An official from the National Center for Missing and Exploited Children testified at the Etan Patz murder trial Thursday that a 2004 tip about defendant Pedro Hernandez was sent to New York State and city authorities eight years before action was taken.

Robert Hoever said center records corroborated testimony from a Hernandez relative who called its hotline in July 2004, but said he had no idea what the NYPD and the New York State Missing Persons Clearinghouse did with the "lead report" the center sent them.

"What they do with it is not our role," Hoever testified as the Patz trial resumed in Manhattan Supreme Court after a weeklong break. "We are not an investigative agency."

Hernandez, 53, a married father from Maple Shade, New Jersey, was charged in 2012 with murder in the notorious 1979 disappearance of 6-year-old Etan on his way to catch a school bus in SoHo. Hernandez was a teen working at a SoHo bodega at the time.

Hernandez confessed, but now contends he imagined the crime due to a mental disorder.

Police questioned him in 2012 after a tip from his brother-in-law Jose Lopez, who testified he fruitlessly tried to alert authorities for years without giving his name -- including the 2004 call to the center.

An NYPD spokesman did not respond to a call for comment on what happened to the notification from the national center. A spokeswoman for the New York State clearinghouse said the role of the $400,000-a-year agency was to alert local police, but declined to provide any specifics on what happened to the Etan Patz tip.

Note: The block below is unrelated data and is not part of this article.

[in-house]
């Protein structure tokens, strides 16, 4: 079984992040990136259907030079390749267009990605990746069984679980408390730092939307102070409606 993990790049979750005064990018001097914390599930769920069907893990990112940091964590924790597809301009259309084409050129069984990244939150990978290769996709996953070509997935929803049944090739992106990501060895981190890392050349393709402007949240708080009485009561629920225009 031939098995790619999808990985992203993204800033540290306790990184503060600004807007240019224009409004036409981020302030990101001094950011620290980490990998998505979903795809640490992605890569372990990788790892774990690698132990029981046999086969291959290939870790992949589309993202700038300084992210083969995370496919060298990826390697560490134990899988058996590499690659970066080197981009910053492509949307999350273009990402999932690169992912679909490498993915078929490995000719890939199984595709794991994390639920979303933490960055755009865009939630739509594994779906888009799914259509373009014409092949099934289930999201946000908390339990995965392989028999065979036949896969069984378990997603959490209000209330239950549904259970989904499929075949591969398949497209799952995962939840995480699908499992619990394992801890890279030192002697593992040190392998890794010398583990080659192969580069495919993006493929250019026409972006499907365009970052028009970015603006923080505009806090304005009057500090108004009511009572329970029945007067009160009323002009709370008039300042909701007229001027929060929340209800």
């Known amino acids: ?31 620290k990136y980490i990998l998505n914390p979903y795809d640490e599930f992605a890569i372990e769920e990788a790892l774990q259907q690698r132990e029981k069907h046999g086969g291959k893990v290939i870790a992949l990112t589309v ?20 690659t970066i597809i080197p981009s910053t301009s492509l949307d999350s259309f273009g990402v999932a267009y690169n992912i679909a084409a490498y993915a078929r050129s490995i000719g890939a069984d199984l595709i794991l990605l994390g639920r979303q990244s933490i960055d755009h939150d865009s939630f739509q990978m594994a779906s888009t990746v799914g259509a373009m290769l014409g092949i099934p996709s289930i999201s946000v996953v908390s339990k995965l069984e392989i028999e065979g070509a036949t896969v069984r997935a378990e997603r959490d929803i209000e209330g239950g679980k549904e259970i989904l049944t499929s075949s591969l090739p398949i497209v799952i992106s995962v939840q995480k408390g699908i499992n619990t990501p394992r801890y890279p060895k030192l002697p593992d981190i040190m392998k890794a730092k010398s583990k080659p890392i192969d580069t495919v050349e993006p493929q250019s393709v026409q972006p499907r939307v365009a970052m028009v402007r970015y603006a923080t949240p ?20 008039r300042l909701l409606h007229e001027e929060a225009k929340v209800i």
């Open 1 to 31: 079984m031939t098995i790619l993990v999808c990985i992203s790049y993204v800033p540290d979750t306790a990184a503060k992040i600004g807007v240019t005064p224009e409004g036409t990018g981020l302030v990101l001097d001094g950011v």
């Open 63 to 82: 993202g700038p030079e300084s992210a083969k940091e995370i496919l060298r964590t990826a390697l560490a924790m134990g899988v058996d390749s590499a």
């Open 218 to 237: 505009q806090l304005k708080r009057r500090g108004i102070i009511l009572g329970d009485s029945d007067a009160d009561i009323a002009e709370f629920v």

"The clearinghouse is not a law enforcement agency and does not investigate tips/leads; that responsibility falls to the agency handling the case," Janine Kava said.

In other testimony Thursday, Hernandez's nephew Sam Santana testified about memories he had of his uncle staying on his parents' living room couch in SoHo in the late 1970s while working at the bodega, and later for a year in the mid-1980s.

Santana, who was born in 1976, described Hernandez as a "quiet" man and a "sharp" dresser who kept to himself. Santana, whose father testified earlier, gave no indication that Hernandez ever bothered him or his two brothers.

In other developments Thursday, prosecutor Joan Illuzzi-Orbon revealed that on Wednesday night police had belatedly discovered three additional boxfuls of evidence in the 35-year-old case that were not turned over to the defense. They were stored in uptown Manhattan at an NYPD housing bureau headquarters.

She said the materials in the boxes -- ranging from lists of every arrest in the city at the time of Patz's disappearance and index cards on psychics who were interviewed to police reports on witness interviews and on another suspect -- were irrelevant, but were given to the defense.